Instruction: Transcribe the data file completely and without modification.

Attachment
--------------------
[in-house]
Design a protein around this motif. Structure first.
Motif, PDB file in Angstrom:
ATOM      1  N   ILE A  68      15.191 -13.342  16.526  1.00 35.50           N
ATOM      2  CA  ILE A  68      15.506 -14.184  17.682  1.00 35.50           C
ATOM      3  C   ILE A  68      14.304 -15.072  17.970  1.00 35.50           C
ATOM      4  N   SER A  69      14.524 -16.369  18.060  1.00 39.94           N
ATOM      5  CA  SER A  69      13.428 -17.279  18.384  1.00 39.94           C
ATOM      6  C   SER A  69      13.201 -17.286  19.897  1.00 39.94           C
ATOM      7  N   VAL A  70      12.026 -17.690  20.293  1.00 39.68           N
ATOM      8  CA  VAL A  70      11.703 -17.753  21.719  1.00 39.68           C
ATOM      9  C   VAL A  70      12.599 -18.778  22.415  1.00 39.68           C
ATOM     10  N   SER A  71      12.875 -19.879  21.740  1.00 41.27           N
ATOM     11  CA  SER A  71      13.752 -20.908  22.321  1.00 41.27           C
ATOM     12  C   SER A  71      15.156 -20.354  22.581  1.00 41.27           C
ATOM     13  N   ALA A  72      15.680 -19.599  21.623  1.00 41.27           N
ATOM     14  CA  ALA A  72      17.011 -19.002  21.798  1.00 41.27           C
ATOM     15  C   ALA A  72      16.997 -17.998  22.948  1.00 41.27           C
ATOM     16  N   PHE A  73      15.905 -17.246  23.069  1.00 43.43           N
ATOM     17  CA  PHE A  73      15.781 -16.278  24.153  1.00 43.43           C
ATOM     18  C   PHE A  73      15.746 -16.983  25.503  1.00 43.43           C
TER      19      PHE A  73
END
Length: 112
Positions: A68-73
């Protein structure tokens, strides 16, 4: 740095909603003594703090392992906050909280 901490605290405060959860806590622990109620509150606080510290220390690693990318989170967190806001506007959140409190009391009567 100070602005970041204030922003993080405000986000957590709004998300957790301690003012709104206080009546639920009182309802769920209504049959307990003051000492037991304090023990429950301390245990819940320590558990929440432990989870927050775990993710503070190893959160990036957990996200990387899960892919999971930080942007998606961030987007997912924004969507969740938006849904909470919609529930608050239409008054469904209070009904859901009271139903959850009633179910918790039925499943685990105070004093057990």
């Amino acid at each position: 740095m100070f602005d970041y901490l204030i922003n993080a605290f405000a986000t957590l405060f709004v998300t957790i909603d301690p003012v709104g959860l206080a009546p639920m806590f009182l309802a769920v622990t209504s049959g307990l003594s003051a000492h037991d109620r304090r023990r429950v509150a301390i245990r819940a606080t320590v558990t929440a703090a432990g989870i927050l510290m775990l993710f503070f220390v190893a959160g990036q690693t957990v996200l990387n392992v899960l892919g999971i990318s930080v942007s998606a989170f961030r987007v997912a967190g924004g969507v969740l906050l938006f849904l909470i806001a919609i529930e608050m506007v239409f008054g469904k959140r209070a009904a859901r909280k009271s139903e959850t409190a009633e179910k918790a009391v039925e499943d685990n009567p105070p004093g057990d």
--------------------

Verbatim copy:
[in-house]
Design a protein around this motif. Structure first.
Motif, PDB file in Angstrom:
ATOM      1  N   ILE A  68      15.191 -13.342  16.526  1.00 35.50           N
ATOM      2  CA  ILE A  68      15.506 -14.184  17.682  1.00 35.50           C
ATOM      3  C   ILE A  68      14.304 -15.072  17.970  1.00 35.50           C
ATOM      4  N   SER A  69      14.524 -16.369  18.060  1.00 39.94           N
ATOM      5  CA  SER A  69      13.428 -17.279  18.384  1.00 39.94           C
ATOM      6  C   SER A  69      13.201 -17.286  19.897  1.00 39.94           C
ATOM      7  N   VAL A  70      12.026 -17.690  20.293  1.00 39.68           N
ATOM      8  CA  VAL A  70      11.703 -17.753  21.719  1.00 39.68           C
ATOM      9  C   VAL A  70      12.599 -18.778  22.415  1.00 39.68           C
ATOM     10  N   SER A  71      12.875 -19.879  21.740  1.00 41.27           N
ATOM     11  CA  SER A  71      13.752 -20.908  22.321  1.00 41.27           C
ATOM     12  C   SER A  71      15.156 -20.354  22.581  1.00 41.27           C
ATOM     13  N   ALA A  72      15.680 -19.599  21.623  1.00 41.27           N
ATOM     14  CA  ALA A  72      17.011 -19.002  21.798  1.00 41.27           C
ATOM     15  C   ALA A  72      16.997 -17.998  22.948  1.00 41.27           C
ATOM     16  N   PHE A  73      15.905 -17.246  23.069  1.00 43.43           N
ATOM     17  CA  PHE A  73      15.781 -16.278  24.153  1.00 43.43           C
ATOM     18  C   PHE A  73      15.746 -16.983  25.503  1.00 43.43           C
TER      19      PHE A  73
END
Length: 112
Positions: A68-73
């Protein structure tokens, strides 16, 4: 740095909603003594703090392992906050909280 901490605290405060959860806590622990109620509150606080510290220390690693990318989170967190806001506007959140409190009391009567 100070602005970041204030922003993080405000986000957590709004998300957790301690003012709104206080009546639920009182309802769920209504049959307990003051000492037991304090023990429950301390245990819940320590558990929440432990989870927050775990993710503070190893959160990036957990996200990387899960892919999971930080942007998606961030987007997912924004969507969740938006849904909470919609529930608050239409008054469904209070009904859901009271139903959850009633179910918790039925499943685990105070004093057990």
């Amino acid at each position: 740095m100070f602005d970041y901490l204030i922003n993080a605290f405000a986000t957590l405060f709004v998300t957790i909603d301690p003012v709104g959860l206080a009546p639920m806590f009182l309802a769920v622990t209504s049959g307990l003594s003051a000492h037991d109620r304090r023990r429950v509150a301390i245990r819940a606080t320590v558990t929440a703090a432990g989870i927050l510290m775990l993710f503070f220390v190893a959160g990036q690693t957990v996200l990387n392992v899960l892919g999971i990318s930080v942007s998606a989170f961030r987007v997912a967190g924004g969507v969740l906050l938006f849904l909470i806001a919609i529930e608050m506007v239409f008054g469904k959140r209070a009904a859901r909280k009271s139903e959850t409190a009633e179910k918790a009391v039925e499943d685990n009567p105070p004093g057990d």